I haven’t been much of a fan of Frank Gehry’s, so when I heard about this film I didn’t run out to see it. Then I read an item in the Design Observer referring to The New Yorker piece about the “F--- Frank Gehry” T-shirts, and I became intrigued. It turns out that Gehry has a sense of humor about himself. Through an unlikely series of connections, the “F--- Frank Gehry” T-shirt, made by Barnaby Harris (who launched his T-shirt business with “F--- Yoga” T-shirts), found its way to Gehry who wore it to the office, to the gym, and then started ordering them as gift items in all sizes and colors. Bravo. I decided to rent the DVD.
The film leads off (after a brief, self-conscious introduction about the difficulty of “starting”) with Gehry and a design partner working on a free-form silver and white paper model. Gehry makes suggestions about changes to the model while his partner/worker-bee Craig Webb cuts and molds pieces of paper to suit Gehry’s directions. Webb tapes down a corner; Gehry pensively pivots the model; he bends a strip of paper and holds it against the model briefly, and so on. Then Gehry says, “That is so stupid looking, it’s great,” and I begin to wonder why I bothered making the trip to the video store.
Things improve from there. My distaste for those of his buildings that appear to be arbitrary, sculptural objects was tempered by interior shots of the home Gehry designed for himself and his second wife, Berta, in Los Angeles. The house, once an unassuming California bungalow, proved an experimental playground for Gehry who decided to build his renovations around the existing house, leaving the original largely intact. The cacophony of glass, wood, metal, and chain link which comprise the new outer structure that wraps the bungalow creates dynamic spaces in between the two. Light bounces and reflects unexpectedly. Circulation ebbs and flows. Traditional notions of inside and outside are challenged. It appears to be a captivating experience for the occupant, not just the passerby.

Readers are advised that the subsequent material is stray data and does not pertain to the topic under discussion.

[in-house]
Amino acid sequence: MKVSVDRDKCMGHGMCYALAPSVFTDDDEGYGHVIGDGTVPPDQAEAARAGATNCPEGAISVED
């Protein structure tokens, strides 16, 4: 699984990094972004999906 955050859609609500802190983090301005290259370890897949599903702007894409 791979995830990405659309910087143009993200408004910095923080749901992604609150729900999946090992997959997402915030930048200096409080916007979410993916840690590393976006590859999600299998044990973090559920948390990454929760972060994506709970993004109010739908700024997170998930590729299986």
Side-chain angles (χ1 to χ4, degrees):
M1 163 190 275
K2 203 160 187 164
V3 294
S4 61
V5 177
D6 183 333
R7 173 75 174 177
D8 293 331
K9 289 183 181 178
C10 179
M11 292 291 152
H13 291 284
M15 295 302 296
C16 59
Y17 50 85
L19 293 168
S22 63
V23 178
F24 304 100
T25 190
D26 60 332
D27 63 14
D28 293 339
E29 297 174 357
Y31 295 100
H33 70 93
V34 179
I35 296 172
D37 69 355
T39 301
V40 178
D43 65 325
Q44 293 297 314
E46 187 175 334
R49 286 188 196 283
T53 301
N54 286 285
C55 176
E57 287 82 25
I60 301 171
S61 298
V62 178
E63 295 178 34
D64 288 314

Interestingly, it’s a house, this house, which sets Gehry off on what would become his famed career. At a dinner party in what must have been 1980 or so at Gehry and Berta’s newly renovated house, a lawyer involved in one of Gehry’s more conventional commercial projects, Santa Monica Place, asked the obvious. Why was Gehry doing the more conventional work when clearly the innovation evident in his home was where his passion lay? The next day, Gehry started anew.
We later learn that Gehry had been similarly, somewhat abruptly, re-directed earlier, when married to his first wife. While that marriage was struggling, he paid a visit to therapist Milton Wexler who agreed to take him on only if Gehry decided then and there whether he was going to leave his wife or give his marriage three to four solid months of effort to make it work. Gehry went home, packed, and moved out, leaving his wife and two daughters. It was another decision that brought him to where he is today. Wexler has since been Gehry’s confidant for 35 years and counting.